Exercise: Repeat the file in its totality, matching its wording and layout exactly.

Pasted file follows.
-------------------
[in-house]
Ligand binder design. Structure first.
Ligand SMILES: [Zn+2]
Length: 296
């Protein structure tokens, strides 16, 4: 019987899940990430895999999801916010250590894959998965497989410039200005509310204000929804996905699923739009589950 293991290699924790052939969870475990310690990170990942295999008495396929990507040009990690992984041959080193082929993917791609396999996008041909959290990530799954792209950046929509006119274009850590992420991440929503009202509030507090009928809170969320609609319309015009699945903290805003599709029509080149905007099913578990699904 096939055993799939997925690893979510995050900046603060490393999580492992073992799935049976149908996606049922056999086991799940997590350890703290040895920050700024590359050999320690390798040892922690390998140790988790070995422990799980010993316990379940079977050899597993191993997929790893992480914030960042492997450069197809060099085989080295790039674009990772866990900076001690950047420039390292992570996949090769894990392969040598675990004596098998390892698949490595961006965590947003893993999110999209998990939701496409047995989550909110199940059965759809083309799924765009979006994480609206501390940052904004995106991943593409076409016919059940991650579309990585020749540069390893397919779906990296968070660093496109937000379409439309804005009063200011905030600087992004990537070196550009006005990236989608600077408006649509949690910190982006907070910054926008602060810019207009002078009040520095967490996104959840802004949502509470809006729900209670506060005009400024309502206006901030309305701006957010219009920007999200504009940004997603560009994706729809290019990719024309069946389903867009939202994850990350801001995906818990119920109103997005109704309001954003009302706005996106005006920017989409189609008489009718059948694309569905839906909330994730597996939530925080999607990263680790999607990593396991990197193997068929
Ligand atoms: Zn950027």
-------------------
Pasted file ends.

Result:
[in-house]
Ligand binder design. Structure first.
Ligand SMILES: [Zn+2]
Length: 296
């Protein structure tokens, strides 16, 4: 019987899940990430895999999801916010250590894959998965497989410039200005509310204000929804996905699923739009589950 293991290699924790052939969870475990310690990170990942295999008495396929990507040009990690992984041959080193082929993917791609396999996008041909959290990530799954792209950046929509006119274009850590992420991440929503009202509030507090009928809170969320609609319309015009699945903290805003599709029509080149905007099913578990699904 096939055993799939997925690893979510995050900046603060490393999580492992073992799935049976149908996606049922056999086991799940997590350890703290040895920050700024590359050999320690390798040892922690390998140790988790070995422990799980010993316990379940079977050899597993191993997929790893992480914030960042492997450069197809060099085989080295790039674009990772866990900076001690950047420039390292992570996949090769894990392969040598675990004596098998390892698949490595961006965590947003893993999110999209998990939701496409047995989550909110199940059965759809083309799924765009979006994480609206501390940052904004995106991943593409076409016919059940991650579309990585020749540069390893397919779906990296968070660093496109937000379409439309804005009063200011905030600087992004990537070196550009006005990236989608600077408006649509949690910190982006907070910054926008602060810019207009002078009040520095967490996104959840802004949502509470809006729900209670506060005009400024309502206006901030309305701006957010219009920007999200504009940004997603560009994706729809290019990719024309069946389903867009939202994850990350801001995906818990119920109103997005109704309001954003009302706005996106005006920017989409189609008489009718059948694309569905839906909330994730597996939530925080999607990263680790999607990593396991990197193997068929
Ligand atoms: Zn950027």